Biological diversities of multiple kingdoms potentially respond in similar ways to environmental changes. However, studies either compare details of microbial diversity across general vegetation or land use classes or relate details of plant community diversity with the extent of microbially governed soil processes, via physiological profiling. Here, we test the hypothesis of shared responses of plant and rhizosphere bacterial, fungal and metazoan biodiversities (especially across-habitat β-diversity patterns) along a disturbance gradient encompassing grazed to abandoned Alpine pasture, on acid soil in the European Central Alps. Rhizosphere biological diversity was inferred from eDNA fractions specific to bacteria, fungi and metazoans from contrasting plant habitats indicative of different disturbance levels. We found that soil β-diversity patterns were weakly correlated with plant diversity measures and similarly ordinated along an evident edaphic (pH, C:N, assimilable P) and disturbance gradient but, contrary to our hypothesis, did not demonstrate the same diversity patterns. While plant communities were well separated along the disturbance gradient, correlating with fungal diversity, the majority of bacterial taxa were shared between disturbance levels (75% of bacteria were ubiquitous, cf. 29% plant species). Metazoa exhibited an intermediate response, with communities at the lowest levels of disturbance partially overlapping. Thus, plant and soil biological diversities were only loosely dependent and did not exhibit strictly linked environmental responses. This probably reflects the different spatial scales of organisms (and their habitats) and capacity to invest resources in persistent multicellular tissues, suggesting that vegetation responses to environmental change are unreliable indicators of below-ground biodiversity responses.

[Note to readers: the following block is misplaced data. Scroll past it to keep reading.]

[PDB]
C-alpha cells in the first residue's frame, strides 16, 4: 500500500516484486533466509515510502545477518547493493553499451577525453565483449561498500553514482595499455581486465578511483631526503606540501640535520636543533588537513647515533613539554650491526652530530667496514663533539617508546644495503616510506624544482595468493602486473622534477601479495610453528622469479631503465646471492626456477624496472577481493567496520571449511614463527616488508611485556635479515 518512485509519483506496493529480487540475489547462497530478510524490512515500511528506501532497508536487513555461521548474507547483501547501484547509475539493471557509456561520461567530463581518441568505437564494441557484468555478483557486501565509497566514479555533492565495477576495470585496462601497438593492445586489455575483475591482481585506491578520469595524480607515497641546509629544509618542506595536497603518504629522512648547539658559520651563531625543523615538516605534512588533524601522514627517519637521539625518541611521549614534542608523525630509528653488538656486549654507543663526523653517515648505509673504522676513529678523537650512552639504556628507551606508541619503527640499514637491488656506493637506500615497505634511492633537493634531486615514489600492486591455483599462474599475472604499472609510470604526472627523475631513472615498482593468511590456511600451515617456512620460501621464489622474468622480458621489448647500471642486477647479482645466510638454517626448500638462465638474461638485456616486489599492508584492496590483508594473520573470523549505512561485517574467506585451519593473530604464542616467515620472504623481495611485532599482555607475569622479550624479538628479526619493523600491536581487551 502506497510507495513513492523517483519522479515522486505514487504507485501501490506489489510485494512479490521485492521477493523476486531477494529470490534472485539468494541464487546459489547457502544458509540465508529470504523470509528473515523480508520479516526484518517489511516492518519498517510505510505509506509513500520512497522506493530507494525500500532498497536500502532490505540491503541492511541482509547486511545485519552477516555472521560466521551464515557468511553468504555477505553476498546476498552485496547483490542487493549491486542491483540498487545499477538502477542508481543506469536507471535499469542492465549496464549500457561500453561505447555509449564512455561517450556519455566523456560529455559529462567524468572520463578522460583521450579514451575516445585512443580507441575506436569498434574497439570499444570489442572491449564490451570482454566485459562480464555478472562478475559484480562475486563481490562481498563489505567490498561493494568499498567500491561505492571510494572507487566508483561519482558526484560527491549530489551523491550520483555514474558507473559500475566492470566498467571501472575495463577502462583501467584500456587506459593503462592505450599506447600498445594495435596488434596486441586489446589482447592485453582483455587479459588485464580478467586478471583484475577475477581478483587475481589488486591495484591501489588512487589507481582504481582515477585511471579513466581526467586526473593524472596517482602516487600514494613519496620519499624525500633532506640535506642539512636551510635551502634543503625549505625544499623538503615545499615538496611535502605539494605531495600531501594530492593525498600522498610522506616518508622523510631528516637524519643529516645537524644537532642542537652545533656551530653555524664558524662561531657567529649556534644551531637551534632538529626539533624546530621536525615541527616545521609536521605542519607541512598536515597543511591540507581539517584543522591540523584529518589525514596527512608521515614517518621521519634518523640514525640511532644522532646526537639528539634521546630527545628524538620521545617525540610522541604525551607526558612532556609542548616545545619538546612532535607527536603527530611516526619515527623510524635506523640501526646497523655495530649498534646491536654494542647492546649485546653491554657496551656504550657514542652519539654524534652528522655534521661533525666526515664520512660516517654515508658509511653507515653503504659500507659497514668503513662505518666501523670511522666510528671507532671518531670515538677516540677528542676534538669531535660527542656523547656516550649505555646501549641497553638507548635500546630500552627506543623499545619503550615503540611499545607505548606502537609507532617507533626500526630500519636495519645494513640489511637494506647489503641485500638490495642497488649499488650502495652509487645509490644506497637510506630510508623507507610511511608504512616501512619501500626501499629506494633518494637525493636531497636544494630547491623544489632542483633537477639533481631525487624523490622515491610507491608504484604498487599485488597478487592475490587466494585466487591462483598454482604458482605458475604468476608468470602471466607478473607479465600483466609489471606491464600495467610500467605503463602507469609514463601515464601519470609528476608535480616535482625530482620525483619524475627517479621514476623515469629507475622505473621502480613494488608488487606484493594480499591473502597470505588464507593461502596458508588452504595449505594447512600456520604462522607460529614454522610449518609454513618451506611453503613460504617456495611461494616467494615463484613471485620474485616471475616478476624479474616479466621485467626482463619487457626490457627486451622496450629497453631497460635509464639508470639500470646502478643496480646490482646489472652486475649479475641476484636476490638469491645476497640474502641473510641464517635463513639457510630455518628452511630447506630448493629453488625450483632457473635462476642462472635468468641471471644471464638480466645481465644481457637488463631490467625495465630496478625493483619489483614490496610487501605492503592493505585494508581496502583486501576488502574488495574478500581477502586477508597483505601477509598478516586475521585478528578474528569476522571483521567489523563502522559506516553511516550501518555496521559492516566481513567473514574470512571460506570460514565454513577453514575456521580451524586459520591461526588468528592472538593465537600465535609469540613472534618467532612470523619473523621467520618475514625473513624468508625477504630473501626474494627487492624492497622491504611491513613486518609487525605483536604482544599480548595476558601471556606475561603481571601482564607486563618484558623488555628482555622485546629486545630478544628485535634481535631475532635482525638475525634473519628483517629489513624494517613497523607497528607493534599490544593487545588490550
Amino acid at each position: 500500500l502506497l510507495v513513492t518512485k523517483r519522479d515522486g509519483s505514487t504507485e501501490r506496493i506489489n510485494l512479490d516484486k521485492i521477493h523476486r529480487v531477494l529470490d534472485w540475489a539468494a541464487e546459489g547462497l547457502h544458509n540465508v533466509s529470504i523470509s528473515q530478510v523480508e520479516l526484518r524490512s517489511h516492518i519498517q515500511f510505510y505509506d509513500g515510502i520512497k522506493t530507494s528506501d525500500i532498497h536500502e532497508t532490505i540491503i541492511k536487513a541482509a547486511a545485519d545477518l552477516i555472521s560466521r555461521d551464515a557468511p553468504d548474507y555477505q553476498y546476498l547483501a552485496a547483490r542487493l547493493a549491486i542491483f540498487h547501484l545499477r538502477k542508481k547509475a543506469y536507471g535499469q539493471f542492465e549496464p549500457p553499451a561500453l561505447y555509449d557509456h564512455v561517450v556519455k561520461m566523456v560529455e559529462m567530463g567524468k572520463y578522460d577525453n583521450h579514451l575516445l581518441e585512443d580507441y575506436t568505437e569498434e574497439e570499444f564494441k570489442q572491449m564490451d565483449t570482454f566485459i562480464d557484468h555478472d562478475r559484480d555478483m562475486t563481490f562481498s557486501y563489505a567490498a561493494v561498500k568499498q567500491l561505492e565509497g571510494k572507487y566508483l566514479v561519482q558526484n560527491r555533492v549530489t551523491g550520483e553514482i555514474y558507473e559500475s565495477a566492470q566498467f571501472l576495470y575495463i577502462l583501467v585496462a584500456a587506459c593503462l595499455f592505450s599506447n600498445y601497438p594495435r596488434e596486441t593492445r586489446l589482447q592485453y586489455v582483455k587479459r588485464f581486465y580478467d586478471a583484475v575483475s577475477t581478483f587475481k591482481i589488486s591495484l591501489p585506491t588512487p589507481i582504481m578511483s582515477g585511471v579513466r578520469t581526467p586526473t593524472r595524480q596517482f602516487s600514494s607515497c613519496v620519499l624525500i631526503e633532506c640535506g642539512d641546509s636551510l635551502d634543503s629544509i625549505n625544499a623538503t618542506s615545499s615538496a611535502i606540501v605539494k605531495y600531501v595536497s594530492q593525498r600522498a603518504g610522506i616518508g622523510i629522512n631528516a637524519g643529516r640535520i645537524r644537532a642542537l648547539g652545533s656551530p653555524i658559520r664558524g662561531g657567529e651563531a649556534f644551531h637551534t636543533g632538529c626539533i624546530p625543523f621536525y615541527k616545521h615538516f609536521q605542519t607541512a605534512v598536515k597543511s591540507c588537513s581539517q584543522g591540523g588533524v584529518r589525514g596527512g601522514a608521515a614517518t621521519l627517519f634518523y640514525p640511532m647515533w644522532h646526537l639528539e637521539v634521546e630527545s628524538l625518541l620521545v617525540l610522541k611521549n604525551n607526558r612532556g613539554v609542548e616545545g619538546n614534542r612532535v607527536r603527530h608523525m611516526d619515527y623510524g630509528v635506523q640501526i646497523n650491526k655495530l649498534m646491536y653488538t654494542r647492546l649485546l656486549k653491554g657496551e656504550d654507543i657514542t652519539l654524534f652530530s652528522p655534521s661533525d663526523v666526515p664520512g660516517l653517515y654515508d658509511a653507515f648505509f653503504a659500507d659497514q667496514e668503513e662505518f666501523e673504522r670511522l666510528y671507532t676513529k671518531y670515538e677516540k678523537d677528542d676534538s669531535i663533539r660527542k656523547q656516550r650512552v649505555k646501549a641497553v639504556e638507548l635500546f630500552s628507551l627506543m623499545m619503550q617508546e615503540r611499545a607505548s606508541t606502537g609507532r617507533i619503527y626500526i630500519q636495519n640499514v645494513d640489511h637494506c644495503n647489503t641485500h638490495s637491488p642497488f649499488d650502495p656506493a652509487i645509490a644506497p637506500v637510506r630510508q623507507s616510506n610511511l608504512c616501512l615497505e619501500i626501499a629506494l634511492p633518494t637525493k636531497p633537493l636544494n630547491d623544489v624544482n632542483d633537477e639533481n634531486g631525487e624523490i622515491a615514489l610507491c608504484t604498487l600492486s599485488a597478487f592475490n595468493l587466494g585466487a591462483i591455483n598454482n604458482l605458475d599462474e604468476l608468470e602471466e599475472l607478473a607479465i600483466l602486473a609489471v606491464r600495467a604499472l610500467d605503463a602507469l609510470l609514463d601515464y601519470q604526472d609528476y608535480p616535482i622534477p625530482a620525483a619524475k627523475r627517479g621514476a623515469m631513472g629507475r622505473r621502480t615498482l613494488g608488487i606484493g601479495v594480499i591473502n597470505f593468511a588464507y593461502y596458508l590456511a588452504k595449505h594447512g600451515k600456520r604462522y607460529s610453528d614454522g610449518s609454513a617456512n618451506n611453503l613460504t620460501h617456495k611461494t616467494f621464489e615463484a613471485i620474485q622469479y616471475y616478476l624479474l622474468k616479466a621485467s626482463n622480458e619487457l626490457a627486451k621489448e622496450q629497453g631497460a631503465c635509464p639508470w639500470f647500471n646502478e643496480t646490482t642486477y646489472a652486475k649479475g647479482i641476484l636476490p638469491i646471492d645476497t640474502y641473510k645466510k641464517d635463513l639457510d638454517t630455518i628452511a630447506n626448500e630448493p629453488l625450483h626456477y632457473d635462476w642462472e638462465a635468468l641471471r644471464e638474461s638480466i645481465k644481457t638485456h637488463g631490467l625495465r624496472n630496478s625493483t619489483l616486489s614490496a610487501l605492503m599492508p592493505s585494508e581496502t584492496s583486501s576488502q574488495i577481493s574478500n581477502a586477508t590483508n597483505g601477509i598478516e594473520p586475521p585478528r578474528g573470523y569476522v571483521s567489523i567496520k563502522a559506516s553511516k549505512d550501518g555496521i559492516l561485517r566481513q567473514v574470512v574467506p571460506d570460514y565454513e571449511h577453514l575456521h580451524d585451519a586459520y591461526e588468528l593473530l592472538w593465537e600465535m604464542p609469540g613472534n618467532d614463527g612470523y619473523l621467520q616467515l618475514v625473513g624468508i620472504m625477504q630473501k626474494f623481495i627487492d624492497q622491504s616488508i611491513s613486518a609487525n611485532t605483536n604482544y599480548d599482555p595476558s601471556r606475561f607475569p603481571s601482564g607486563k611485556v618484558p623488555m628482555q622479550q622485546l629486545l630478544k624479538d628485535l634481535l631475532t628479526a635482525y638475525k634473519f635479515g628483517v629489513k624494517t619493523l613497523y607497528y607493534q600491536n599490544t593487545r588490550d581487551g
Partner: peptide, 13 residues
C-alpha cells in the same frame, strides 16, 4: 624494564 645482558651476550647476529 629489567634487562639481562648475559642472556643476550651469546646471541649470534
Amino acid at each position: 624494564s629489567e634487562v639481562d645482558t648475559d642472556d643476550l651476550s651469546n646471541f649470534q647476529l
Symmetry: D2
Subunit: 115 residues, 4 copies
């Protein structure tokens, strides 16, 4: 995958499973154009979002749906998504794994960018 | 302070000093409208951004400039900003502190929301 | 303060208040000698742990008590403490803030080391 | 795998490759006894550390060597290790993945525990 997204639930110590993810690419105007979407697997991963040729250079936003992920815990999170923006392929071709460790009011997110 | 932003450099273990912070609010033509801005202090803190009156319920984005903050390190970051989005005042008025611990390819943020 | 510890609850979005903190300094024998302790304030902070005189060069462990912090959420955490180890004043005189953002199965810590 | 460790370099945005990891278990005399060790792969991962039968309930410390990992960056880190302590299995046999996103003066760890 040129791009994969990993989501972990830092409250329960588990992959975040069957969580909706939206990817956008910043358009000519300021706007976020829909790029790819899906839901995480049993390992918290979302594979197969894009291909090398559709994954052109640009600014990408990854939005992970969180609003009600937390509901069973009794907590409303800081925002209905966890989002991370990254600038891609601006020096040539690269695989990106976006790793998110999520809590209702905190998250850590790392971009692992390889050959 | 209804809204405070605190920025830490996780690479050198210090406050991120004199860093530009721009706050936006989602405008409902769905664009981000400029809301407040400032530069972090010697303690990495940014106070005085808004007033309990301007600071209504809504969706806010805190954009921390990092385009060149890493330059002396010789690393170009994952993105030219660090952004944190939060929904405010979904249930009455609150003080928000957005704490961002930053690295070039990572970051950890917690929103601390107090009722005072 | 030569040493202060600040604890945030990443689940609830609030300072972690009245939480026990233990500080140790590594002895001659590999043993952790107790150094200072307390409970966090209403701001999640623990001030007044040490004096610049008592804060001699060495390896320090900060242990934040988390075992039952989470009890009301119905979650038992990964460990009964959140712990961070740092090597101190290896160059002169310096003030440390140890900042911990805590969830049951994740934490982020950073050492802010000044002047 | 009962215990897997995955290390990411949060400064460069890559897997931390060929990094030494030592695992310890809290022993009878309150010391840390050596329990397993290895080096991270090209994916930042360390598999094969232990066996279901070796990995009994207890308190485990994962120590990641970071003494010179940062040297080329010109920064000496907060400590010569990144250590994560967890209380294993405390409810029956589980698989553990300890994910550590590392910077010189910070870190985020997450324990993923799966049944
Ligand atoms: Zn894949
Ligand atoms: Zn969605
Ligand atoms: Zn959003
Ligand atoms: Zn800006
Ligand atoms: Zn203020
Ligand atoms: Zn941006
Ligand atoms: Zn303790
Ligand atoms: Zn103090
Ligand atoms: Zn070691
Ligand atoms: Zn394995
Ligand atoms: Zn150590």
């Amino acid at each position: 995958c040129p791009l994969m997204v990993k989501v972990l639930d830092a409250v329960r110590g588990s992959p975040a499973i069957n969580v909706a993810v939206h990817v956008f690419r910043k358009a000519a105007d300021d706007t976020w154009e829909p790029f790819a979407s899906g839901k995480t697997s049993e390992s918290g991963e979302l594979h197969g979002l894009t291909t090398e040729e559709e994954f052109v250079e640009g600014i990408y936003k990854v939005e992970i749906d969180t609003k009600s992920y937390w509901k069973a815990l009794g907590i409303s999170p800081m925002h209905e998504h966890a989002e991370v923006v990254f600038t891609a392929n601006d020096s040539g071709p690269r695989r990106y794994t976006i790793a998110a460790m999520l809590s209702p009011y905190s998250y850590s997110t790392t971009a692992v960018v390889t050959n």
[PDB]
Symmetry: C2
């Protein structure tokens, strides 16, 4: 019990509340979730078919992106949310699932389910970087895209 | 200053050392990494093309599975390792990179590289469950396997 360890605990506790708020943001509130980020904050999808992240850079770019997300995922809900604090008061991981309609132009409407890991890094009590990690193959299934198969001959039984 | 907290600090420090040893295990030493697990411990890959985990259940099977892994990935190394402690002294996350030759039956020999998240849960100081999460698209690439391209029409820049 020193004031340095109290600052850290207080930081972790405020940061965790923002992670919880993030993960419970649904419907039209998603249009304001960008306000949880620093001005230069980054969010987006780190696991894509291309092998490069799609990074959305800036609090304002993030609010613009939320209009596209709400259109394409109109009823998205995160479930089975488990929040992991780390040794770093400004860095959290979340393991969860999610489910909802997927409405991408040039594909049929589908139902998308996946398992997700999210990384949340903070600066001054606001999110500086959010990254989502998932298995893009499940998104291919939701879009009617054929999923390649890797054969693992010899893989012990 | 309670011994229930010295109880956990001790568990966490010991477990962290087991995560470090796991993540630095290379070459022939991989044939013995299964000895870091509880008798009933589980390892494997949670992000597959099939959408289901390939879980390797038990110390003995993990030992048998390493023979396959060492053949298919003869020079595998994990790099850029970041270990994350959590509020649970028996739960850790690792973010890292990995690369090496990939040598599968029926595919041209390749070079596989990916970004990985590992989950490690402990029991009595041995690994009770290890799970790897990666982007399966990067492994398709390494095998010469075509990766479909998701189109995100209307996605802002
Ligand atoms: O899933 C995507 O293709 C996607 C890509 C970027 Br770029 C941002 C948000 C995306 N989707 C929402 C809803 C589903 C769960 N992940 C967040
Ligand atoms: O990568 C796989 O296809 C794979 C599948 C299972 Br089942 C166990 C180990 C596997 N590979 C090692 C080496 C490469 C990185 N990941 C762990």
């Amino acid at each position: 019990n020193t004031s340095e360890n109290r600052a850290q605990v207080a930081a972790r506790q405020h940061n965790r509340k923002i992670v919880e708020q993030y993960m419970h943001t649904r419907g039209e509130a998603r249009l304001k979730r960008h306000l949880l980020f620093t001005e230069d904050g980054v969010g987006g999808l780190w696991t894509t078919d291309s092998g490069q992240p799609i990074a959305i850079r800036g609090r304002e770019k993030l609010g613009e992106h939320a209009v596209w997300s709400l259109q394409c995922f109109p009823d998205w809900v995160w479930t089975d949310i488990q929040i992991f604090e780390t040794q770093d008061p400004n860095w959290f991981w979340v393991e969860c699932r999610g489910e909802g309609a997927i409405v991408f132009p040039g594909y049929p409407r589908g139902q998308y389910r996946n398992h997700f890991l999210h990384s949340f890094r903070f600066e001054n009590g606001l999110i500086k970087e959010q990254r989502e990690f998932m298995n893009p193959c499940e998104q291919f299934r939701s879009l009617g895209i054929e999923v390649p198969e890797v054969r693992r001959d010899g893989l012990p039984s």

Keywords: community ecology; environmental DNA; environmental gradients; intermediate disturbance hypothesis; invertebrates; soil community.
© 2018 John Wiley & Sons Ltd.